They let Austen get his grubby little mitts on
another X-book. Again.

General Information

Title: Exiles: A Blink In Time

Author: Chuck Austen, Jim Calafiore

Illustrator(s): Jim Calafiore

Original Publication Date: Issues 38-45 were
published between last
winter and this April.

ISBN: 0-7851-1235-9

Cover Price: $19.99 US

Buy from: Amazon.com
or Amazon.ca

Premise

There are three story arcs here. The first, “King
Hyperion,” spans
the first three issues, and is a Weapon X story. A
version of
Hyperion joins Weapon X, and decides to ignore the
Timebroker and take
over the world they are sent to. The second,
“Nocturne’s Tale,” is
the one written by Calafiore. It’s a two issue story
about a
significant part of Nocturne’s life before she became
an Exile. She’s
telling Blink about it way back during the
vacation we saw at
the end of volume 2. The third story arc, “A Blink
In Time,” is
through the last three issues, in which the Exiles
and Weapon X are
dumped on a single planet where they are required to
kill each other
off until only six people are left who will then form
a single team,
just in time for the X-Men: Reload promotion. This
third story picks
up exactly where issue 37 left off.

High Point

The Calafiore issues are much, much better than the
other six, which
Chuck Austen wrote.

Low Point

The third story, which was significant enough to
become the name of
the trade paperback that will collect all of these
issues, is the
least entertaining. It’s also one that leaves too
many questions
unanswered. For example, Blink didn’t go home when
she left the team,
yet nobody questions that. (You could argue that she
felt more at
home where she went, but wouldn’t that further
disrupt these
realities? Shouldn’t she have been forced back where
she came from?)
Furthermore, the math didn’t work out; their mission
must not have
been correct, since they were down to six survivors
and the mission
still wasn’t over. Finally, the odds of that
particular group being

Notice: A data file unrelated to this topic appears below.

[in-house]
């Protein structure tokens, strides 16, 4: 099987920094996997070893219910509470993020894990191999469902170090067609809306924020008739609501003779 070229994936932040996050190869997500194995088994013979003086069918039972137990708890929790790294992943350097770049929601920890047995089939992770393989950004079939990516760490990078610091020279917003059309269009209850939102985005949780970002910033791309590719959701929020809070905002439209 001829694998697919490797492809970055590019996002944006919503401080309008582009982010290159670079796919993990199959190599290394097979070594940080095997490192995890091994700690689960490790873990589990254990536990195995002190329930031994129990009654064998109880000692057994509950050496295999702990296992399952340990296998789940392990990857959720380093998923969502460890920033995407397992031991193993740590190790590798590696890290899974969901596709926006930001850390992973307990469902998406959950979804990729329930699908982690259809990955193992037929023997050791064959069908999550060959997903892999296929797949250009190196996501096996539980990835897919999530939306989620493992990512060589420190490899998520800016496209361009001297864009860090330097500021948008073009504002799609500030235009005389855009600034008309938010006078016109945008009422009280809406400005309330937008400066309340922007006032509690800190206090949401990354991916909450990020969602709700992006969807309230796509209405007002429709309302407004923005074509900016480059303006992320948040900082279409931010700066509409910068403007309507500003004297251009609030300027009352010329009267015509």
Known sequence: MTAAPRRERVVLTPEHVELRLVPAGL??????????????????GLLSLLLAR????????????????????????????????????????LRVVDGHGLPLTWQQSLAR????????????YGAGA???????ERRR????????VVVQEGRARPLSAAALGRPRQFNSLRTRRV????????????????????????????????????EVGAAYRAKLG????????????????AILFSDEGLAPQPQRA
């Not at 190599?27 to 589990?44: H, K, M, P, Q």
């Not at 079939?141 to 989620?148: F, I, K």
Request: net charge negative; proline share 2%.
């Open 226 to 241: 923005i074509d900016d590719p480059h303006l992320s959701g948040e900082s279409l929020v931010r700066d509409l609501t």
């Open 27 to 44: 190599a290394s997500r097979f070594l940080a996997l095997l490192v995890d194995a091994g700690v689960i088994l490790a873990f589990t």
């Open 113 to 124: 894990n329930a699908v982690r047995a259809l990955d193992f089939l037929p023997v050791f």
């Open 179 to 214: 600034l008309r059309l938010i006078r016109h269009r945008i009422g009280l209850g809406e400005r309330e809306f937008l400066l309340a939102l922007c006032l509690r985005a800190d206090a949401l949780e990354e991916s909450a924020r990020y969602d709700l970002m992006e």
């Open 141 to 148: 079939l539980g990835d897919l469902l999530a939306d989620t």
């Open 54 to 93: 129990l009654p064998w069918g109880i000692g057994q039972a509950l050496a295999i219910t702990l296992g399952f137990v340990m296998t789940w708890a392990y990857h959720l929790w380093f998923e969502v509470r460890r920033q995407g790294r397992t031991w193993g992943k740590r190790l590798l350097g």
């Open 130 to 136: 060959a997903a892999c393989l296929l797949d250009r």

the survivors are pretty low. I get the impression
that all of
Austen’s contribution was to cash in on J. Michael
Straczynski’s
excellent Supreme Power run going on right
now. (I wonder if
Austen is bitter that his own The Eternal
wasn’t nearly as
well received.)

The Scores

This scores points for originality due to
Hyperion’s actions,
and the telling of a major story that takes place
pre-Exiles. I give
it 5 out of 6.

The artwork is by Jim Calafiore, who has
defined the look of
this title as far as I’m concerned. I’m sorry that
he’s out with the
X-Men Reload, particularly given the quality of his
replacement. I
give it 5 out of 6.

The story rating varies from story to story.
Austen’s work
is weak in both cases. I’ve already nitpicked the
second story arc,
but I haven’t even started on the first one, in which
Colossus needs
air while in his armoured form. (I swear the guy has
never read
Claremont’s run on Uncanny X-Men, which is a
problem since
he was writing on that title for a few years.) The
Calafiore work was
excellent, but it’s only a quarter of these issues,
so it only brings
things up to 4 out of 6.



The characterization in Calafiore’s work is
excellent, which
again compensates somewhat for Austen’s bland
contributions. I give
it 4 out of 6.

The emotional response was disappointing in
the outcomes for
the Austen work, and very satisfying in the Calafiore
portion. I give
it 4 out of 6.

The flow within stories works, but the
chronological
arrangement of these, putting two stories before a
direct continuation
of a previous story arc, just reads like they were
stalling for time.
When Winick told stories out of sequence, it was for
the appropriate
emotional release, to give vacations when the readers
needed them. I
give it 3 out of 6.

Overall, it’s not terrible, but you may want
to get the
Calafiore issues (41 and 42) and skip the rest. I
give it 4 out of 6.

In total, Exiles: A Blink In Time receives
29 out of 42.